Cookie Notice

This site uses cookies. By continuing to browse this site, you are agreeing to our use of cookies. Review our cookies information for more details.

skip to main content

Prenatal polyunsaturated fatty acids and risk of asthma in childhood

Published online: December 3, 2019

Changes in diet, including lower consumption n-3 (omega-3) long-chain polyunsaturated fatty acids (PUFAs), typically abundant in oily fish, and higher consumption of mostly plant based n-6 (omega-6) PUFAs have been an area of research interest in the study of the development and exacerbation of allergy and asthma in childhood. Research has linked maternal intake of PUFAs during pregnancy and the development of asthma and allergy in childhood. However, results have been inconsistent, and few investigations have assessed how factors like maternal history of asthma, and child sex may influence these associations.

In an article recently published in The Journal of Allergy and Clinical Immunology (JACI), Rosa and colleagues examined the association of maternal n-3 and n-6 PUFA status and the ratio of the two, determined using 2nd trimester plasma specimens, in relation to the risk of asthma in children at ages 4-6 years. The authors used data from over 1000 mother-child dyads, enrolled 2006-2011, participating in the Conditions Affecting Neurocognitive Development and Learning in Early Childhood (CANDLE) birth cohort study based in Shelby County, Tennessee. The authors also examined how maternal asthma and child sex modified associations of interest.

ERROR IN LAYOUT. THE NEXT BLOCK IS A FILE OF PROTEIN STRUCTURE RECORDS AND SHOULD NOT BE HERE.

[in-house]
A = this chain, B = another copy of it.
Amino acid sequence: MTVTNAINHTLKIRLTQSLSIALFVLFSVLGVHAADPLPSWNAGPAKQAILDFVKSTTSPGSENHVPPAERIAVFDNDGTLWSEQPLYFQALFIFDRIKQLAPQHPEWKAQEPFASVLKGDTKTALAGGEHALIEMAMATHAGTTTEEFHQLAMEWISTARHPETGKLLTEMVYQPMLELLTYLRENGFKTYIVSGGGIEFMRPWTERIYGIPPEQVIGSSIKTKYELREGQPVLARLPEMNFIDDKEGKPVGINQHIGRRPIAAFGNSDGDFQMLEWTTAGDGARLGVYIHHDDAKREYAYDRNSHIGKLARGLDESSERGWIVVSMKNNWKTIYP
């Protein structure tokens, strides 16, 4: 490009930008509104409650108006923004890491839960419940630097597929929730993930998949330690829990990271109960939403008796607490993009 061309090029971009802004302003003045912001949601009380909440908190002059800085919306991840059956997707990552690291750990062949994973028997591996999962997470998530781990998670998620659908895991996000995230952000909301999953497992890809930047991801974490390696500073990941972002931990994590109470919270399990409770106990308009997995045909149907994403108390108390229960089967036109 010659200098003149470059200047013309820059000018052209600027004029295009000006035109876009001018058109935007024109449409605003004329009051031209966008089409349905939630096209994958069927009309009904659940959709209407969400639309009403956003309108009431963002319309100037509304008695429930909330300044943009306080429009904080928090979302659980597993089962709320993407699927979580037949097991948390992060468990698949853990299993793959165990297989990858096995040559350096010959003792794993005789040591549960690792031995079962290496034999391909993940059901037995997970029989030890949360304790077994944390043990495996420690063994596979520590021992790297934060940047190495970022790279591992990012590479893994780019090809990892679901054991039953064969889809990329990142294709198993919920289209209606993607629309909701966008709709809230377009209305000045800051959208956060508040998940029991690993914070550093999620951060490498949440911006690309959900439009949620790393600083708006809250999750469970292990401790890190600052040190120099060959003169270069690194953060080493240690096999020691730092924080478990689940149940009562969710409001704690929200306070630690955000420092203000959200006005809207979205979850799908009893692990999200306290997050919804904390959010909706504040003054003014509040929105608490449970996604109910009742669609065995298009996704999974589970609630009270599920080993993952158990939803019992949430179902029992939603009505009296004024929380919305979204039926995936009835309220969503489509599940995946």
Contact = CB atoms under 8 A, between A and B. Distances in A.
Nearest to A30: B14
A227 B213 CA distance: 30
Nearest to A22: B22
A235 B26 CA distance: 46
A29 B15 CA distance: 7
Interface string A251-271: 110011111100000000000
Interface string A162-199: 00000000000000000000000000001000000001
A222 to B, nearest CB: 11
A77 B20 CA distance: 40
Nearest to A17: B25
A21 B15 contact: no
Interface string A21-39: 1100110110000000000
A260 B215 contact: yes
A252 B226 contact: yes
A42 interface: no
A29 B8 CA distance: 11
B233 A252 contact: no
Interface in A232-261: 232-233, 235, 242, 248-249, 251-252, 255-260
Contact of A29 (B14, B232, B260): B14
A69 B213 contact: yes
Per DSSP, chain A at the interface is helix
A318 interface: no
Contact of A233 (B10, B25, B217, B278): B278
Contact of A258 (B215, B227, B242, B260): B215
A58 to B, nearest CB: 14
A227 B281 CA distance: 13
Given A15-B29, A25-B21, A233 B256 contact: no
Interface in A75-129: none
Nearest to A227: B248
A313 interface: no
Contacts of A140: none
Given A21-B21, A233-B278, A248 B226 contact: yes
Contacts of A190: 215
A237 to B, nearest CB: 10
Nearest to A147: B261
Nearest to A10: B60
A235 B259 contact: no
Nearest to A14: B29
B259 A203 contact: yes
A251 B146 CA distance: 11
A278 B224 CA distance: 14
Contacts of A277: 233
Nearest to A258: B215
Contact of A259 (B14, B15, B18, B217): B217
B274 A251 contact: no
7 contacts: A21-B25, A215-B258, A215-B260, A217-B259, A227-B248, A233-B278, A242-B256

The authors found that higher prenatal levels of the pro-inflammatory n-6 PUFAs were associated with higher risk of ever and current doctor diagnosed asthma in children at age 4-6 years. The authors also found that these associations were stronger for children whose mothers reported asthma at enrollment. Furthermore, in exploratory analyses the authors reported that those at highest risk were male children born to mothers with asthma. Findings suggest that male children born to women with asthma may be particularly susceptible to the pro-inflammatory effects of n-6 PUFA intake, although findings warrant replication and examination in other populations to further explore these complex relationships.
The Journal of Allergy and Clinical Immunology (JACI) is an official scientific journal of the AAAAI, and is the most-cited journal in the field of allergy and clinical immunology.

Graphical Abstract